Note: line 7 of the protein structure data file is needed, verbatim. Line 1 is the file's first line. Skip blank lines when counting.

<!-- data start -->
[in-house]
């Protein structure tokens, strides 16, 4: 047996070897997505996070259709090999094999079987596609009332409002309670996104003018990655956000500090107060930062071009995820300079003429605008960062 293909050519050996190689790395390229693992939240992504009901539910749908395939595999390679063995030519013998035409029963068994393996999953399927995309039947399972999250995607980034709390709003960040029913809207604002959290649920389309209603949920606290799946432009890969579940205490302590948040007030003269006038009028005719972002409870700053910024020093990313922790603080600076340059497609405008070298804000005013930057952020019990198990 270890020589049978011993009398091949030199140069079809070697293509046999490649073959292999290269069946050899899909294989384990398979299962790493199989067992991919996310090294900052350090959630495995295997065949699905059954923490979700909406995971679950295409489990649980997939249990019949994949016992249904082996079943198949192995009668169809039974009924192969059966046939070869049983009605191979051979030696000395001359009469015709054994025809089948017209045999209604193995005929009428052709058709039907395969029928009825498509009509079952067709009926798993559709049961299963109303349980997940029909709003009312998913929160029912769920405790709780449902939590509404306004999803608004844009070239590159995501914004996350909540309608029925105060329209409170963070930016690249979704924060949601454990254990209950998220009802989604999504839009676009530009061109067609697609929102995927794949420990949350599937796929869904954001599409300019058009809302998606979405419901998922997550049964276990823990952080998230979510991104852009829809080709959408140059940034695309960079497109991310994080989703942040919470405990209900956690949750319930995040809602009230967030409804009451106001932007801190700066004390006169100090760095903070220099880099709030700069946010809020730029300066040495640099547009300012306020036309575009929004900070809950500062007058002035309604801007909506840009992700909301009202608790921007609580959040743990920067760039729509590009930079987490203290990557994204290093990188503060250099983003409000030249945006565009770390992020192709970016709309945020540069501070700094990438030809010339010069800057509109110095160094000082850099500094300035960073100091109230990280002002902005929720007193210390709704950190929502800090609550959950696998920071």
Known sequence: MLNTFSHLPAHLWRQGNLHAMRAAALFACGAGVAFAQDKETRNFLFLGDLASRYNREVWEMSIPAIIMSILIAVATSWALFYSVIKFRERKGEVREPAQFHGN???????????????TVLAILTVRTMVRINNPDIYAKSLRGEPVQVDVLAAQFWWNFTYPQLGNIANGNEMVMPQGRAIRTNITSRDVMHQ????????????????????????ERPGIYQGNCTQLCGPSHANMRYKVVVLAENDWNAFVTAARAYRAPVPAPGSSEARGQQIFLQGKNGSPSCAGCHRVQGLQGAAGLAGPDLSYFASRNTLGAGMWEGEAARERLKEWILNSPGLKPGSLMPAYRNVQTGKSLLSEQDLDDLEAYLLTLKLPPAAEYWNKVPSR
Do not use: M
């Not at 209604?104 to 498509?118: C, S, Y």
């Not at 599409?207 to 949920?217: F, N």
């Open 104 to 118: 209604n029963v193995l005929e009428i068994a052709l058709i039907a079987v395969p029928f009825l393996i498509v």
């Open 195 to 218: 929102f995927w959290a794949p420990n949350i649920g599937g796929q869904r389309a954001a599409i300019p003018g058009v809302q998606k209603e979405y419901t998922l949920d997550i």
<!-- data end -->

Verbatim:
């Open 104 to 118: 209604n029963v193995l005929e009428i068994a052709l058709i039907a079987v395969p029928f009825l393996i498509v």